The good habits we’ve made carry us along almost effortlessly. That’s positive. It lets us focus on the things that need our attention most.
But as you work to pay off debt, save and get your financial life on track, you’ll probably find some old, counterproductive habits undermining your progress. They may have worked once, but now they’re holding you back.
Dropping bad money habits makes it easier to power up your financial life. Money Talks News founder Stacy Johnson explains how in the video below. Come back after you’ve watched it for more tips, ways to drop habits you no longer want and new habits to take their place.
1. Carrying a credit card balance
Carrying a balance on a credit card is like walking down the street with a hole in your wallet and your money leaking out. High interest rates on credit cards make plastic one of the most expensive ways to borrow, right up there with subprime mortgages.
Here’s why: Suppose you decide to pay off a $5,000 balance on a card charging 15 percent interest. It’ll cost you at least $7,000 in interest and take decades if you pay the minimum charge each month.
Think what you would love to do with that $7,000.
Build a better habit: To begin dropping a bad habit, analyze it. Suggests MSN Money:
Asking “who, what, where, when, why and how much” makes it much easier to identify and define new habits for almost any situation.
For example, if debt is your major concern, ask yourself where you are overspending and why. Are there any situations or triggers that tempt or cause you to spend more than you should? Can you limit your exposure to these situations or triggers?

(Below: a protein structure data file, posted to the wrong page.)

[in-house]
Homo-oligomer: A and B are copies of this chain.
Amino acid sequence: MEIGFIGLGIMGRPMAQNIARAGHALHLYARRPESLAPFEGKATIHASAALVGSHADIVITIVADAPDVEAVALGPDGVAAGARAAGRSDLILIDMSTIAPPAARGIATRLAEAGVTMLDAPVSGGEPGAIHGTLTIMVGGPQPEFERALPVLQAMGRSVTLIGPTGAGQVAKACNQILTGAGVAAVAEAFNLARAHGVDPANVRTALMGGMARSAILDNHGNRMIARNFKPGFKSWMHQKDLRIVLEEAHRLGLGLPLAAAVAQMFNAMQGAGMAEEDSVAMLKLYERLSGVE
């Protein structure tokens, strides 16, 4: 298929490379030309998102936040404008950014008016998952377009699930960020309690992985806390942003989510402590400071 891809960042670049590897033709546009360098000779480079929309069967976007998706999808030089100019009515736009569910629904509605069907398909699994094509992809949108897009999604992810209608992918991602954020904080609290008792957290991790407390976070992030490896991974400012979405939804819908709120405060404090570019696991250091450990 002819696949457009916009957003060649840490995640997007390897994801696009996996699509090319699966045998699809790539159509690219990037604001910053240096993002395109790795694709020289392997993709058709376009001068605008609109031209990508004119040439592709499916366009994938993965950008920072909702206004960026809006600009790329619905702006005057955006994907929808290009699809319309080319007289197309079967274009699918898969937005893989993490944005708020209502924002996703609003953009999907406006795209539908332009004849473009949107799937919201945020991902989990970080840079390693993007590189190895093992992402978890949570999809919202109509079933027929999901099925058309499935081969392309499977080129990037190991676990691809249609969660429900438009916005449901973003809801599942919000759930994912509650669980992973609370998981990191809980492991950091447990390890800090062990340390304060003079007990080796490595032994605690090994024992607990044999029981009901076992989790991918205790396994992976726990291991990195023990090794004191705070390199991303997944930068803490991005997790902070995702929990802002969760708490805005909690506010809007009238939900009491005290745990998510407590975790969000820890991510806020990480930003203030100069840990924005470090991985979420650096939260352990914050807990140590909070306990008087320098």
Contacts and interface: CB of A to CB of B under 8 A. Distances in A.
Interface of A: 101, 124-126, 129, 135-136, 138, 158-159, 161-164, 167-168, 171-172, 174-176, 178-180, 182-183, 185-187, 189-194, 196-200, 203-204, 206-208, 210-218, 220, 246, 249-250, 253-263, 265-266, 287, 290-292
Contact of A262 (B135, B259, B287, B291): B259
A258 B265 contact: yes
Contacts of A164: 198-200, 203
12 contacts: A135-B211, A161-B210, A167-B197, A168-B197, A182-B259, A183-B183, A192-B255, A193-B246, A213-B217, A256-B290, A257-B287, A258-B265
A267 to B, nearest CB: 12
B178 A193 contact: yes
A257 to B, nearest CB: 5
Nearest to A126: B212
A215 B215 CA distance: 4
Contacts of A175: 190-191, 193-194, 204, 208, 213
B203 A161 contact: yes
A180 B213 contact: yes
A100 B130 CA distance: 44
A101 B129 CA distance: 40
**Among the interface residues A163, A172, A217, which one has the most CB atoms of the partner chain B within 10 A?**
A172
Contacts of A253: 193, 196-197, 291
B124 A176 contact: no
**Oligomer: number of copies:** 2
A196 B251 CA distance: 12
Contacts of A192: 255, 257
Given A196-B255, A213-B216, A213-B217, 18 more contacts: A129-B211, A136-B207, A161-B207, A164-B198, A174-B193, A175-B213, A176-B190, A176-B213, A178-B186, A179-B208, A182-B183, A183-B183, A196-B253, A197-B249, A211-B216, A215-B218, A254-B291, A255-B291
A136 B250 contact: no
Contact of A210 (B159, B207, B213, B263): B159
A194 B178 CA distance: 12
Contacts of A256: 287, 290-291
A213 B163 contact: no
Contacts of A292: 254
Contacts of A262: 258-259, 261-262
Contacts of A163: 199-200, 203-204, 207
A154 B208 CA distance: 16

One approach to erasing the card balance is to “snowflake” the debt, devoting every spare penny to getting rid of it. If you have other pressing debts, you’ll need to make a plan for dealing with all of them. Here’s how to kill your debt and write its obituary.
Keep the balance from building again by making it a new habit to pay off the entire bill every month — no exceptions ever.
2. Failing to fund a retirement plan
There are compelling excuses to put off saving for retirement. But none will matter if you reach retirement age with little to nothing saved. And, if you don’t take advantage of your employer’s matching contributions, you’re passing up free money every month.
How much should you save? “Ten percent is the minimum [monthly contribution] for anyone in any situation,” Arlington, Va., financial planner Claire Emory tells Women’s Day.
Build a better habit: Imagine yourself at age 70. Or 80. Picture concrete details — how you’ll look, your surroundings, how you’re spending time and who’s with you. The more real your future self is to you, the more likely you’ll care for her or him today.